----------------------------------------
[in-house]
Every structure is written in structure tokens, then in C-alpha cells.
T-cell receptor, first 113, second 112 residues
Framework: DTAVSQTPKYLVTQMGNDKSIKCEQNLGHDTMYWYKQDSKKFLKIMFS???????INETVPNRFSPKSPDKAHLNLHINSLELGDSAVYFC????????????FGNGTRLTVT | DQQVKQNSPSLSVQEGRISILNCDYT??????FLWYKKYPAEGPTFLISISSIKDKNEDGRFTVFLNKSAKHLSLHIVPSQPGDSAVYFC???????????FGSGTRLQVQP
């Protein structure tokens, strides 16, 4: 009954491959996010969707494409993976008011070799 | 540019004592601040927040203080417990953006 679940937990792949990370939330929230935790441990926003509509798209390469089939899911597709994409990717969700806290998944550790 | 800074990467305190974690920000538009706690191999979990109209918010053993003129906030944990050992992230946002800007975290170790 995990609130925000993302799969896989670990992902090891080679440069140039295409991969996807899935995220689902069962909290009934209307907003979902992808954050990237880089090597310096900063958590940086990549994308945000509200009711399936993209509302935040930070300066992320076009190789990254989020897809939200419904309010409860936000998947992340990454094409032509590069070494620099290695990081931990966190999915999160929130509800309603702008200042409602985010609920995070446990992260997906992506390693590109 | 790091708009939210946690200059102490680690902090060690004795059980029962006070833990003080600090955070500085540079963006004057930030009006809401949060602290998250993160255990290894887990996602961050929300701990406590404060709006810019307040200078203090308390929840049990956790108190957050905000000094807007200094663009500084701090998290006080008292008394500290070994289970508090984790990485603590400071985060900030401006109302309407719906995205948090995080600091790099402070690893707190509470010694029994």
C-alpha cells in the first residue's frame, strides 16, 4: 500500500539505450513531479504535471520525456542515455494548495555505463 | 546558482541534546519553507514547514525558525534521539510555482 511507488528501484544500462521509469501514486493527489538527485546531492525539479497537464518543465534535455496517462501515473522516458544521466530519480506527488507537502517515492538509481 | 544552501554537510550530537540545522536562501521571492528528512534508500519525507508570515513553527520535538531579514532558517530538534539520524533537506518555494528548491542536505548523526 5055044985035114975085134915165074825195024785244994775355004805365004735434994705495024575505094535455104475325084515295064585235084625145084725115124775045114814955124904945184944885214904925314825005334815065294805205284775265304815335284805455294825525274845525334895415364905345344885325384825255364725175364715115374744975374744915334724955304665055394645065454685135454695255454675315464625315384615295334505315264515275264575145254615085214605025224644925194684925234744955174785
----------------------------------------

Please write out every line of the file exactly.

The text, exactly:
[in-house]
Every structure is written in structure tokens, then in C-alpha cells.
T-cell receptor, first 113, second 112 residues
Framework: DTAVSQTPKYLVTQMGNDKSIKCEQNLGHDTMYWYKQDSKKFLKIMFS???????INETVPNRFSPKSPDKAHLNLHINSLELGDSAVYFC????????????FGNGTRLTVT | DQQVKQNSPSLSVQEGRISILNCDYT??????FLWYKKYPAEGPTFLISISSIKDKNEDGRFTVFLNKSAKHLSLHIVPSQPGDSAVYFC???????????FGSGTRLQVQP
């Protein structure tokens, strides 16, 4: 009954491959996010969707494409993976008011070799 | 540019004592601040927040203080417990953006 679940937990792949990370939330929230935790441990926003509509798209390469089939899911597709994409990717969700806290998944550790 | 800074990467305190974690920000538009706690191999979990109209918010053993003129906030944990050992992230946002800007975290170790 995990609130925000993302799969896989670990992902090891080679440069140039295409991969996807899935995220689902069962909290009934209307907003979902992808954050990237880089090597310096900063958590940086990549994308945000509200009711399936993209509302935040930070300066992320076009190789990254989020897809939200419904309010409860936000998947992340990454094409032509590069070494620099290695990081931990966190999915999160929130509800309603702008200042409602985010609920995070446990992260997906992506390693590109 | 790091708009939210946690200059102490680690902090060690004795059980029962006070833990003080600090955070500085540079963006004057930030009006809401949060602290998250993160255990290894887990996602961050929300701990406590404060709006810019307040200078203090308390929840049990956790108190957050905000000094807007200094663009500084701090998290006080008292008394500290070994289970508090984790990485603590400071985060900030401006109302309407719906995205948090995080600091790099402070690893707190509470010694029994």
C-alpha cells in the first residue's frame, strides 16, 4: 500500500539505450513531479504535471520525456542515455494548495555505463 | 546558482541534546519553507514547514525558525534521539510555482 511507488528501484544500462521509469501514486493527489538527485546531492525539479497537464518543465534535455496517462501515473522516458544521466530519480506527488507537502517515492538509481 | 544552501554537510550530537540545522536562501521571492528528512534508500519525507508570515513553527520535538531579514532558517530538534539520524533537506518555494528548491542536505548523526 5055044985035114975085134915165074825195024785244994775355004805365004735434994705495024575505094535455104475325084515295064585235084625145084725115124775045114814955124904945184944885214904925314825005334815065294805205284775265304815335284805455294825525274845525334895415364905345344885325384825255364725175364715115374744975374744915334724955304665055394645065454685135454695255454675315464625315384615295334505315264515275264575145254615085214605025224644925194684925234744955174785